Saturday, May 16, 2009

To engender gender differences

One of my favorite teachers was my high school biology professor, Mr. Horak.  For me, he is that teacher that always springs to mind when someone says, "Name your favorite teacher."  I don't know what the significance of him NOT being a music teacher is, but he definitely wasn't.  He loved music, but he didn't try to shoehorn it into dissection lessons just to try "multi-pronged learning" or some other buzzword.  He taught the biological sciences.

He did the things that "good" teachers always try: he used humor in his teaching style, he spoke from knowledge rather than notes, and he stressed the everyday applications of science by citing genetic examples from his own family (how albanism runs in his progeny). And I seem to recall him calling some students "half-wit", but only in the most loving and motivational way. Heh.

He died in 2002, at the age of sixty-four, from complications of colon cancer. For some reason, I thought of him tonight. It was a strange connection, because I had recalled (also for no reason) someone making a comment a few months ago about "same-gender marriage". Mr. Horak was always adamant about the differences between "sex" and "gender", much more so than even other biology teachers I've had.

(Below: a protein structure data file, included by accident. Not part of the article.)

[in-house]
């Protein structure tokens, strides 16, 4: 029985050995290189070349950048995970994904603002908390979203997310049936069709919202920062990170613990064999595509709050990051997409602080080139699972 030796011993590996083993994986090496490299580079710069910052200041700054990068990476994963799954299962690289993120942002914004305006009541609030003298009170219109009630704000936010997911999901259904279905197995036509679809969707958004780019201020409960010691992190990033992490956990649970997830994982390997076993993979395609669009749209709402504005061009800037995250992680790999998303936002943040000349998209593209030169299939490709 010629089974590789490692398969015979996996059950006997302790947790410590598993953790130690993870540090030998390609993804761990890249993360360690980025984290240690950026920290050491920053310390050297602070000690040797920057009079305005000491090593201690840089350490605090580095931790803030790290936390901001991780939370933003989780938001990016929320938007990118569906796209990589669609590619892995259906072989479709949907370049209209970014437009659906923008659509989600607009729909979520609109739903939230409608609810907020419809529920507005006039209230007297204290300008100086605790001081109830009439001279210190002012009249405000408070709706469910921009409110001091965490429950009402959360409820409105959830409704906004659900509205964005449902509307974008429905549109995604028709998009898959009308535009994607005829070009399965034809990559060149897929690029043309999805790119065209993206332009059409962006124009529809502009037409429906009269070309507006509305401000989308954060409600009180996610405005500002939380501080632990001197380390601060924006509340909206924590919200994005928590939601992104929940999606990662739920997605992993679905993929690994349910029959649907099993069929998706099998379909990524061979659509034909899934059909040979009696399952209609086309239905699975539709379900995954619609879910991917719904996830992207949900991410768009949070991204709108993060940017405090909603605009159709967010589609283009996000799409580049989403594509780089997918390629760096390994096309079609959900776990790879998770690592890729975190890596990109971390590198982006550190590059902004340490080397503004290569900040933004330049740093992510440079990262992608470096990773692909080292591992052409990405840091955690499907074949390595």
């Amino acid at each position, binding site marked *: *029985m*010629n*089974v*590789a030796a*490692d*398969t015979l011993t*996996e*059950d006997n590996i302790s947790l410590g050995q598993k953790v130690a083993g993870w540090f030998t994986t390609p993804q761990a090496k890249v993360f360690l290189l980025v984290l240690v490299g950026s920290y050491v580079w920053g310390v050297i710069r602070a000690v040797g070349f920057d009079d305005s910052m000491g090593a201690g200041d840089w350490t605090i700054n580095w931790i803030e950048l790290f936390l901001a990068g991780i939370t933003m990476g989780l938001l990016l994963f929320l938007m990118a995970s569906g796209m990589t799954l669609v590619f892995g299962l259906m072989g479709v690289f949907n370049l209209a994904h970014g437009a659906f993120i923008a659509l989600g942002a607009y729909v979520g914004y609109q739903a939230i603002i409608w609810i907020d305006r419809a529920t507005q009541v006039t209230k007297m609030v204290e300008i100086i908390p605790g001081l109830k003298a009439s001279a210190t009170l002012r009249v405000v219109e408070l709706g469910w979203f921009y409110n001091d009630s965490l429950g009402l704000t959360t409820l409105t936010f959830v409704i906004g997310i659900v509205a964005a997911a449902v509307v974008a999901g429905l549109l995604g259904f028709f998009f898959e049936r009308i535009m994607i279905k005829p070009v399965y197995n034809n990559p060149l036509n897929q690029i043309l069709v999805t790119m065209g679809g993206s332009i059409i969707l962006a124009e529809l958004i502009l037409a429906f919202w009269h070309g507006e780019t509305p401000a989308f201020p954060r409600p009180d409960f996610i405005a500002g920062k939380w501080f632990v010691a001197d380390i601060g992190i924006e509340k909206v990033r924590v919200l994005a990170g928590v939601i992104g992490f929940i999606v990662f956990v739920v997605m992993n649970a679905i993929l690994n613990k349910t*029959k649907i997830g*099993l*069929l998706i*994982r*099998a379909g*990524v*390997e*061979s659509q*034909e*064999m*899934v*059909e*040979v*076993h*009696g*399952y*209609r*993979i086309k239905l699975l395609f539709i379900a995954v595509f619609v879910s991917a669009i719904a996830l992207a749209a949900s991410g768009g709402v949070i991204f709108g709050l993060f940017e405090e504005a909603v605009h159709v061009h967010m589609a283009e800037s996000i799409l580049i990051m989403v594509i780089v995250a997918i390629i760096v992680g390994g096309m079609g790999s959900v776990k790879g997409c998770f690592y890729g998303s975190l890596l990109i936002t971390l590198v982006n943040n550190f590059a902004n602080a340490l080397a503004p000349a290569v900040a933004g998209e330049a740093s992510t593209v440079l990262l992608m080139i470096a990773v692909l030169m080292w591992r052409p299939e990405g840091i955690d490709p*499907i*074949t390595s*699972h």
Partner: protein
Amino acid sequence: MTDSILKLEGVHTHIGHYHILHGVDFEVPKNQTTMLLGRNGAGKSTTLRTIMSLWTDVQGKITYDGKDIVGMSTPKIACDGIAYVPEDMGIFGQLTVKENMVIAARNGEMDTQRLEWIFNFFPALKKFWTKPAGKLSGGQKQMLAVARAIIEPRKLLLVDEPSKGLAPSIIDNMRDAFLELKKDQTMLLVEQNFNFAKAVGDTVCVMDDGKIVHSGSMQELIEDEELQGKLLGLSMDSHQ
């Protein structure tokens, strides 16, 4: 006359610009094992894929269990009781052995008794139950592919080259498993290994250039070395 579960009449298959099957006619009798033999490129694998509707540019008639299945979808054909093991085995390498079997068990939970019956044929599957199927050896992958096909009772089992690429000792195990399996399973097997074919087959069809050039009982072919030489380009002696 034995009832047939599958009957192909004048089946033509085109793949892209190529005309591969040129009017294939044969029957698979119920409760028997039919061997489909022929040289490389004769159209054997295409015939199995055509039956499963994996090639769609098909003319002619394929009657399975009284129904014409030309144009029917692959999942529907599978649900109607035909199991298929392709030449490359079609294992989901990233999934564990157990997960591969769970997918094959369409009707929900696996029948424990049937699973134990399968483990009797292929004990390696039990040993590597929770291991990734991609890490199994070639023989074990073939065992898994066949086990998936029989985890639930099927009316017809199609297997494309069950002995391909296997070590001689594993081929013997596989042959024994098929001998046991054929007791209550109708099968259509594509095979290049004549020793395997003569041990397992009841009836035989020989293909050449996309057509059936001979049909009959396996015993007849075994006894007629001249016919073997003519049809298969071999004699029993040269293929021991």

The "same-gender" comment came at the high of California's debate about Prop. 8. A conservative commentator was continually reffering to "same-gender" marriage. It caught my attention right away as most people (no matter what their views) refer to it as "same-sex". Mr. Horak would have taken her to task, reminding her that "sex" refers to the biological equipment we come with, while "gender" refers to the cultural and psychological implications of our behavior. It is, as far as I know, perfectly legal for two people of the opposite sex but same gender to marry.

Really, I just wanted to hear Mr. Horak correct her while calling her a nitwit.

I remember attending his memorial service, in the smallish gymnasium of a local Catholic church. Until I reread an obituary earlier this evening, I'd forgotten he was Catholic, if I'd ever actually known it to begin with. Had I been paying more attention, I would have recalled our churchy surroundings on that November day. That service was the closest thing I've ever had to a high school reunion, what with people from various graduating classes there to pay their respects.

He's one of my role models. I'd love for him to have been proud of me and what I've accomplished. I honor him in the best way I know how: remembering who he was. He deserves a few entries all to himself, talking about what he meant to me. But waiting around to do that isn't doing him any favors, so I'll just have to sneak in the remembrances as they come, attached to barely connected sparks of memory.

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